New Delhi: In 1995, a Kashmiri militant had kidnapped five tourists, demanding the release of Maulana Masood Azhar, who went on to create the Jaish-e-Mohammed.

On 31 August, suspected Jaish terrorists abducted three policemen and eight of their family members from their south Kashmir homes, breaking a 30-year-old unwritten code for militants and police not to target each other’s families.

Following the incident, intelligence units have signalled a dangerous new trend in the valley.

While kidnappings of civilians had been used as a pressure tactic by terrorist outfits in Kashmir in the 1990s, last week’s kidnappings have shown a possible shift in tactics.

An intelligence official, requesting anonymity, said it was the arrest of Hizbul chief Syed Salahuddin’s second son by the National Investigation Agency (NIA) on 30 August that set the wheels in motion for the tit-for-tat kidnappings.

The NIA had arrested Syed Ahmed Shakeel on charges of terror funding.

“The arrest of Salahuddin’s son was a tipping point and now the terrorists will start using this arm-twisting tactic as leverage. Security forces are not afraid of being hurt or attacked. But the moment a militant touches their families, the security forces will succumb to the pressure—this is something that militants have studied very closely and will use to their advantage," the official quoted above, added.

“This indicates a very dangerous trend, because brokering a deal between trading civilians for militants can be hugely damaging. Earlier, there was a tacit understanding that the terrorists will not touch the families of policemen. But that truce has now been broken. The families of the police personnel are highly at risk because they do not live in fortified camps like the army officers’ families," said another senior intelligence official, requesting anonymity.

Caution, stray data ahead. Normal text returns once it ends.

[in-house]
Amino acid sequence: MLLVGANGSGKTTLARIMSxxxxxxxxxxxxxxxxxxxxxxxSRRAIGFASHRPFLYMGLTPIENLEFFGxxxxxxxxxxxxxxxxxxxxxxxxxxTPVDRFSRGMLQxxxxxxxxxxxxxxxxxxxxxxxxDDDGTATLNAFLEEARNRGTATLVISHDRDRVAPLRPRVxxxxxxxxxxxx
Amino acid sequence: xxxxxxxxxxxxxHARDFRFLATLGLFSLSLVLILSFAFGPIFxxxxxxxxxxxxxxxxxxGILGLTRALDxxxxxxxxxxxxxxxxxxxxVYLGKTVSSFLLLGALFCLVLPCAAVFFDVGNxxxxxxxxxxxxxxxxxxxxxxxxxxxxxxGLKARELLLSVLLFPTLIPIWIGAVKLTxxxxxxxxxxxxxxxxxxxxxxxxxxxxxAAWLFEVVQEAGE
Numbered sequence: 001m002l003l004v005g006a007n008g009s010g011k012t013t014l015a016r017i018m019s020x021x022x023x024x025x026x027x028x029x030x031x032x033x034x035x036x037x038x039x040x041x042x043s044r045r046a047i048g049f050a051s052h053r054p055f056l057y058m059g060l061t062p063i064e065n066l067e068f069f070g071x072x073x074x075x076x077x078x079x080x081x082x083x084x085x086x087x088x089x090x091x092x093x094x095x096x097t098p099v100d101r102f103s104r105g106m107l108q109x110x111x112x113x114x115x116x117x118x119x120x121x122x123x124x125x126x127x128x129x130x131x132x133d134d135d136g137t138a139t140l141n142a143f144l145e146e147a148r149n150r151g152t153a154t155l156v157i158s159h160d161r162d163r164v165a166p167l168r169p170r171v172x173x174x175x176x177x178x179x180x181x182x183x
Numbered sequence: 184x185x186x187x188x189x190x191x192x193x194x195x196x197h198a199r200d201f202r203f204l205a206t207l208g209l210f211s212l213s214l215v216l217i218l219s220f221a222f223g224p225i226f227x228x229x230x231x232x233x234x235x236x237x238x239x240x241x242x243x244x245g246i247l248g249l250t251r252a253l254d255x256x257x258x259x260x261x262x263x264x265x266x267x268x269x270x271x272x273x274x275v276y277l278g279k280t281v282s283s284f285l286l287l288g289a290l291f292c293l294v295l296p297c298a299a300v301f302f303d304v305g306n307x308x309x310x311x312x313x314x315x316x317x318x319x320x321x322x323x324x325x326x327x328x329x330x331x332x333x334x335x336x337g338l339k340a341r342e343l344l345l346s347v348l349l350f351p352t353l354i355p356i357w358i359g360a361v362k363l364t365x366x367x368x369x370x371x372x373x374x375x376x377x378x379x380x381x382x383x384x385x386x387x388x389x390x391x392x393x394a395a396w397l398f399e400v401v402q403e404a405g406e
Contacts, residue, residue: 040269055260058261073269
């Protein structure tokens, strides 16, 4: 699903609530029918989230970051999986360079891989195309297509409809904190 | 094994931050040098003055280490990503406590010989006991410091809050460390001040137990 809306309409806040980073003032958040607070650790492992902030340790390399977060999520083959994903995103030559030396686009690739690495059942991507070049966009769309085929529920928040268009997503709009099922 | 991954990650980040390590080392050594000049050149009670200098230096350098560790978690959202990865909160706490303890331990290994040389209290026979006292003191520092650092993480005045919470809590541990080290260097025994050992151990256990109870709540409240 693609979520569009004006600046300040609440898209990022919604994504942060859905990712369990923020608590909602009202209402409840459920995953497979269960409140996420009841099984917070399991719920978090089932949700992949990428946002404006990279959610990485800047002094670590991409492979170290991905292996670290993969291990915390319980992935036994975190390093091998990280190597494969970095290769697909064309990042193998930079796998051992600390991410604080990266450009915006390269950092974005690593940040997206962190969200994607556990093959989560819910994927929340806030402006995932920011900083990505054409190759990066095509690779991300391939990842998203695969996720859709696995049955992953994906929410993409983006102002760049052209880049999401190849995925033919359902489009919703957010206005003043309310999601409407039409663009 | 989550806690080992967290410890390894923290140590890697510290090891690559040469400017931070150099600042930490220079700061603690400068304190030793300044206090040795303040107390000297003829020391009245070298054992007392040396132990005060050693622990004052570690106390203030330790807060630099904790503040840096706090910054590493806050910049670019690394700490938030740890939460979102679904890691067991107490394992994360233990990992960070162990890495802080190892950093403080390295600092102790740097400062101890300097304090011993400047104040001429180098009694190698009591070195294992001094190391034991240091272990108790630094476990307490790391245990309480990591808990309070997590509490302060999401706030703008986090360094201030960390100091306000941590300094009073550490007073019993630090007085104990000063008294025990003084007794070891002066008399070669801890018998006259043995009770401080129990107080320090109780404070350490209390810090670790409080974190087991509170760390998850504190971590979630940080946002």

A deal was brokered within hours of the 31 August kidnappings—the abducted policemen and their family members were set free after the state police released several family members of terrorists, including Hizbul Mujahideen commander Riaz Naikoo’s father, Asadullah Naikoo, who had been arrested on 30 August by the police during a night raid in Pulwama district.

Naikoo was arrested after four policemen were killed in a terror attack by the Hizbul Mujahideen in Anantnag, Kulgam, Shopian and Pulwama districts.

Experts, however, said that while this shift in tactic had come about suddenly, it was not something that should catch the security forces by surprise.

“Terrorists keep changing their strategies, so when the police hone in on their relatives, they strike in the same coin. It is a kind of tactic which has been used before also. There are no rules in insurgency and this is a form of retaliation for the terrorists," said Lt. Gen (retd) H.S Panag, a former Indian Army official and defence expert.

Experts said that while the families of Indian Army officials living in the valley enjoy greater protection in fortified camps, the families of Jammu and Kashmir police personnel are vulnerable, as they live in civilian areas in the valley.

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